If you ever take a blow to the head, for any reason, go see a doctor immediately.  It doesn't matter if you feel alright or not, if you're part of a sports team and that head injuries "just come with the territory".  It only takes a moment of misplaced bravado to give yourself a death sentence.  Even if you do try to get help, the doctors might not be able to get to you in time...

It goes without saying that things have been rough at my day job without Betty around.  Unlike most bosses, she was pretty hands-on with everything.  Friendly, outgoing, and in terrific shape for someone her age (she was 67, but had the energy of someone in their thirties).  As you can imagine, as the de facto assistant manager, it's been my duty to step up and take charge of things at the restaurant while my manager (Betty's son-in-law) tends to his family.  It's been a rough couple of weeks, and there's nothing we can do but move forward on our own.

I'm sorry for starting things off on a depressing note, but this is something I really needed to get off of my chest.  Betty wasn't the first person close to me to have died this year (my friend Richard passed away in March), but this is the first time someone so integral to my day-to-day life has died.  It's no exaggeration to say that there's a dark void at the restaurant that we're doing our best to fill.  It's only a matter of time before we're back to business as usual (pun not intended).  If you don't hear from me for a while, you'll know exactly where I am and what I'm doing.

I suppose it's perfect timing that I was able to hand off the revised source code to our publisher before this recent slew of developments.

Now that I've said what I needed to say, let's get back into the swing of things.  Join me in a few hours for our regularly-scheduled programming...

(Oh, who am I kidding?  We've never had a "regular" schedule...)

Sunday, July 23, 2017

RKSF Developer Diary #1 - Recycle Cycle

There's no point in denying it:
the RKSF Title Screen is much cooler.
Hello, everyone!

It's been a long haul, and I know that many among you have been waiting for years to catch a glimpse of the English version of Rosenkreuzstilette Freudenstachel.  Well, wait no more: it's time for the first installment of the RKSF Developer Diary!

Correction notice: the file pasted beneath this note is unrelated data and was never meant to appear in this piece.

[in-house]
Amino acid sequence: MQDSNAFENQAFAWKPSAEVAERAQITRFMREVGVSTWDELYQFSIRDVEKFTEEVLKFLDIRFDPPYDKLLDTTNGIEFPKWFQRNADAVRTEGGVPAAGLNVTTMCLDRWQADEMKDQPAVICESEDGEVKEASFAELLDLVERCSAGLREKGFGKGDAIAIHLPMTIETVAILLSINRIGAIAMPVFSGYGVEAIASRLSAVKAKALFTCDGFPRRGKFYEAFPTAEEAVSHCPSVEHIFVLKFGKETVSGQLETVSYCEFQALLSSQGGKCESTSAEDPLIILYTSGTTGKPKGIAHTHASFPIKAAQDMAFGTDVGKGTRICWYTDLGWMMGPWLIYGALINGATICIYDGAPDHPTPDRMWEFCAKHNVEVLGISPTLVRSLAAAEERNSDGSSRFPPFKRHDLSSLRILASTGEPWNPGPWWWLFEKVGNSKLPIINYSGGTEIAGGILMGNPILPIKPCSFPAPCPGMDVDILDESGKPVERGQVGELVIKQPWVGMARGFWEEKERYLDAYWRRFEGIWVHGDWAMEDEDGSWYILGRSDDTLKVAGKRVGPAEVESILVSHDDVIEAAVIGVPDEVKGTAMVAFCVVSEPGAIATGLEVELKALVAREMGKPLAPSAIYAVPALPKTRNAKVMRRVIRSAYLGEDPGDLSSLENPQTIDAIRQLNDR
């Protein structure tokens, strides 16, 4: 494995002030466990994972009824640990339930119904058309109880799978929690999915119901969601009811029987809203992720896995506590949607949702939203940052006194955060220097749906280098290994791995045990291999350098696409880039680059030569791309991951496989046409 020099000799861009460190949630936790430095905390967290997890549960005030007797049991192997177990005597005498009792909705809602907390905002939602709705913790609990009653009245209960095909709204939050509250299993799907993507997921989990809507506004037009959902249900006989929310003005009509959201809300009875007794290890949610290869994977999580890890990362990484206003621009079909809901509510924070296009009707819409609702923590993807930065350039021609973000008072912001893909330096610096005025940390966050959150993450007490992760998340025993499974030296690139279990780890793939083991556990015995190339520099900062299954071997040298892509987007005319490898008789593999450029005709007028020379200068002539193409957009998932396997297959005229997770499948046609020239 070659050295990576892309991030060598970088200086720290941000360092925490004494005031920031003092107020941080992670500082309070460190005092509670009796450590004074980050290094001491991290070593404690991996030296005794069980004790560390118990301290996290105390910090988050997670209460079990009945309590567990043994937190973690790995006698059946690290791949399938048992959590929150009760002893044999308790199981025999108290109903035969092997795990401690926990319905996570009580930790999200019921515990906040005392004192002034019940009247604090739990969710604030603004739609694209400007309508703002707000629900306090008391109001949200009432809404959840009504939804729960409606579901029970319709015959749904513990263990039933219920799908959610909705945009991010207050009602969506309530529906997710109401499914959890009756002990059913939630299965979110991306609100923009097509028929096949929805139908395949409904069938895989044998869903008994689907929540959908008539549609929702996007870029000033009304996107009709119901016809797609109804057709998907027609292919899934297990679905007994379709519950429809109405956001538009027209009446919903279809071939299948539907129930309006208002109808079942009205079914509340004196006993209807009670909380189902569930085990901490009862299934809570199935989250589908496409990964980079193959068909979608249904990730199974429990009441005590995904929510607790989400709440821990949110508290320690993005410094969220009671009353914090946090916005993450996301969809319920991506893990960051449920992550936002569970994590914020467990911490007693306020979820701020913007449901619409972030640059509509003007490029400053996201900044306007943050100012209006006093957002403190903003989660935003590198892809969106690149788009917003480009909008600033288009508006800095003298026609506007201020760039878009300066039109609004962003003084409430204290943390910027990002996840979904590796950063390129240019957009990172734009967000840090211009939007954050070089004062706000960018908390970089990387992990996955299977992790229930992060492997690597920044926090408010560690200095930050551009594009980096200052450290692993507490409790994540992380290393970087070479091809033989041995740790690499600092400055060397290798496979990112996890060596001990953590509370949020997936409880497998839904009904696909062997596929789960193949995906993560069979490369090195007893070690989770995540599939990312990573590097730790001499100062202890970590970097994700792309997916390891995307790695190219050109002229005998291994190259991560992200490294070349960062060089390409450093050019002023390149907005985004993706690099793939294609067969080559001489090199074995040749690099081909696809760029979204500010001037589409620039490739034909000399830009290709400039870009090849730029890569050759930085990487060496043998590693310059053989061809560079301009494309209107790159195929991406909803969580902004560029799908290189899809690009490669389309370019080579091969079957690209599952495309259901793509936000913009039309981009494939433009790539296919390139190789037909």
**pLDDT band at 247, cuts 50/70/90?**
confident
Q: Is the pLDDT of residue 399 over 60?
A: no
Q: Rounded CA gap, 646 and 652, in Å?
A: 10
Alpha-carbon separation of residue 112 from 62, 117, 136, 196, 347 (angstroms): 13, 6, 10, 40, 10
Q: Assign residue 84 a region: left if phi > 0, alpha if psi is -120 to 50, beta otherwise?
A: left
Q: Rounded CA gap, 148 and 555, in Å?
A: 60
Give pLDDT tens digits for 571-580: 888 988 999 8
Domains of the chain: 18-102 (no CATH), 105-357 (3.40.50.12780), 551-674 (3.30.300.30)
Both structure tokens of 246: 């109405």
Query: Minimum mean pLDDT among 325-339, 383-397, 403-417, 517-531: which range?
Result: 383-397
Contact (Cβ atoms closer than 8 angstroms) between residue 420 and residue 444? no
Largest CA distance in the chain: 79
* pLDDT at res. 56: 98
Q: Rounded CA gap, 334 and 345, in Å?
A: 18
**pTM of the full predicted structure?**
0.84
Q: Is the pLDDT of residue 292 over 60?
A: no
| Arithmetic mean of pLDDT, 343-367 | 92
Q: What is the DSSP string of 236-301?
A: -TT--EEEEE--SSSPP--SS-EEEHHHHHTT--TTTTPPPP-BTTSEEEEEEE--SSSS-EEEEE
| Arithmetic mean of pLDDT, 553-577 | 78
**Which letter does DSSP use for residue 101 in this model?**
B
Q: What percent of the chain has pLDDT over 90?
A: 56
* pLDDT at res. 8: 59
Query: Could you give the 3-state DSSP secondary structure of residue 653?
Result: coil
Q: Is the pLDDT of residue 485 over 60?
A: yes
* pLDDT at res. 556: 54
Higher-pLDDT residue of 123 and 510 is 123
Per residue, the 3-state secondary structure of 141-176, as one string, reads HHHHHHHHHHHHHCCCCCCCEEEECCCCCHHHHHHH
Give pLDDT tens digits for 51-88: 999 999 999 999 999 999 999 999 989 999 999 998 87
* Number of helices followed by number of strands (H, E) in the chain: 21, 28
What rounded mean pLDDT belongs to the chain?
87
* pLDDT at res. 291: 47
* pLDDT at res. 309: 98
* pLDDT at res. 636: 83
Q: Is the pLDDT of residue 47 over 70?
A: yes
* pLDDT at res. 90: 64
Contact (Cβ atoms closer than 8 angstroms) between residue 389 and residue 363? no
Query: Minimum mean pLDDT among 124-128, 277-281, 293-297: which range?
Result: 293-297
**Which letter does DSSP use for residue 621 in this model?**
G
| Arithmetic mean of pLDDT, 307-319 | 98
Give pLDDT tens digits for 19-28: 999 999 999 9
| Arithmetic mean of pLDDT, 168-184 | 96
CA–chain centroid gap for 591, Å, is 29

Before we dive into what's changed between the original Rosenkreuzstilette and its sequel, I figured it'd be appropriate to have a look at what's stayed the same between the two games.  By that, I mean what changes we made for the English version of Rosenkreuzstilette that we were able to carry over to Freudenstachel.

As many of you are no doubt aware, eight of the ten first-generation Megaman titles use the same assets and sprites with nearly imperceptible differences in the game's mechanics and physics.  It should come as no surprise that Rosenkreuzstilette follows suit, preserving what worked in the original while subtly changing what didn't.  As we'll see in future entries, some elements that Freudenstachel borrows from the classic Blue Bomber have been used to create something completely different.

I'm getting ahead of myself, though.  Let's start at the beginning.

I couldn't tell you if this was a screenshot
from Rosenkreuzstilette or Freudenstachel...
Surprising absolutely no one, the [erka:es] logo and bonus scenario overlay haven't changed a bit from the original game.  Exciting stuff, I'm sure.  RKSF's file structure contains an entire directory of files lifted straight from the original RKS.  Rather than straight-up copy the files from the original English release of RKS, I decided to take the opportunity to make some stealthy touch-ups to these graphics and export them to both the launch build of Freudenstachel and Version 2.10a of Rosenkreuzstilette.  When the update goes live for RKS, don't be surprised if some things feel just a little bit different that you remember them.  For the most part, it's nothing worth spotlighting here.  I doubt anyone would really notice that a handful of elements on the Status Subscreen were nudged over by a few pixels, for example.

The more things change,
the more they stay the same.
Once the opening text crawl fades in, I'm sure many among you may be experiencing a bit of déjà-vu.  Don't worry: it's not just your imagination.  The text may be a different color and set over a moonlit castle instead of a twilit cathedral, but first couple of lines of text in Freudenstachel are word-for-word identical to their counterparts in the prequel.  This repetition was done specifically to allow people who hadn't played the original Rosenkreuzstilette to bring themselves up to speed without wasting any time on lengthy exposition dumps.  The rest of the text crawl recaps what has happened since the events of the first game in the same vein as Megaman X2.  One of the most common complaints about the opening cutscene in the first RKS was that the expository banter between Spiritia and Lilli was sooo looong.  While Freudenstachel begins on a similar note, there's a sense of urgency to its plot that forces the characters to get a move on and not waste time mincing words.